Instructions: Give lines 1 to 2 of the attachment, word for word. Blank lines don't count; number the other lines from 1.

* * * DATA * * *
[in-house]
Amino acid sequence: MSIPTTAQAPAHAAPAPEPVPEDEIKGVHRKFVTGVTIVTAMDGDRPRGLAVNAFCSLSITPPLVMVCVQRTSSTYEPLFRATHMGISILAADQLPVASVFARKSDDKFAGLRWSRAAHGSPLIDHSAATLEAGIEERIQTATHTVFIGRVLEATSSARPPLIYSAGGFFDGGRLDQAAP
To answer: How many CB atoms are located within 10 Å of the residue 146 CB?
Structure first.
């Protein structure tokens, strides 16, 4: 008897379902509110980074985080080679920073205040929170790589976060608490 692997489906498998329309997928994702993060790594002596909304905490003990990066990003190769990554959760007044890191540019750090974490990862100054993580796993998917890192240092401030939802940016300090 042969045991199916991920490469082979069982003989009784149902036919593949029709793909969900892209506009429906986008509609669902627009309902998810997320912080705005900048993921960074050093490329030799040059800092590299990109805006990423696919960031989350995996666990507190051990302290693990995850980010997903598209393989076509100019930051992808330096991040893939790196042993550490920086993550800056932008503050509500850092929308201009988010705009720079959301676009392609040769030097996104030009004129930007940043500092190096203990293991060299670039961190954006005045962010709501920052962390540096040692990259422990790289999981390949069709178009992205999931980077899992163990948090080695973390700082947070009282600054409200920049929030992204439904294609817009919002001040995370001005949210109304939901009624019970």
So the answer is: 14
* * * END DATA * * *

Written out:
[in-house]
Amino acid sequence: MSIPTTAQAPAHAAPAPEPVPEDEIKGVHRKFVTGVTIVTAMDGDRPRGLAVNAFCSLSITPPLVMVCVQRTSSTYEPLFRATHMGISILAADQLPVASVFARKSDDKFAGLRWSRAAHGSPLIDHSAATLEAGIEERIQTATHTVFIGRVLEATSSARPPLIYSAGGFFDGGRLDQAAP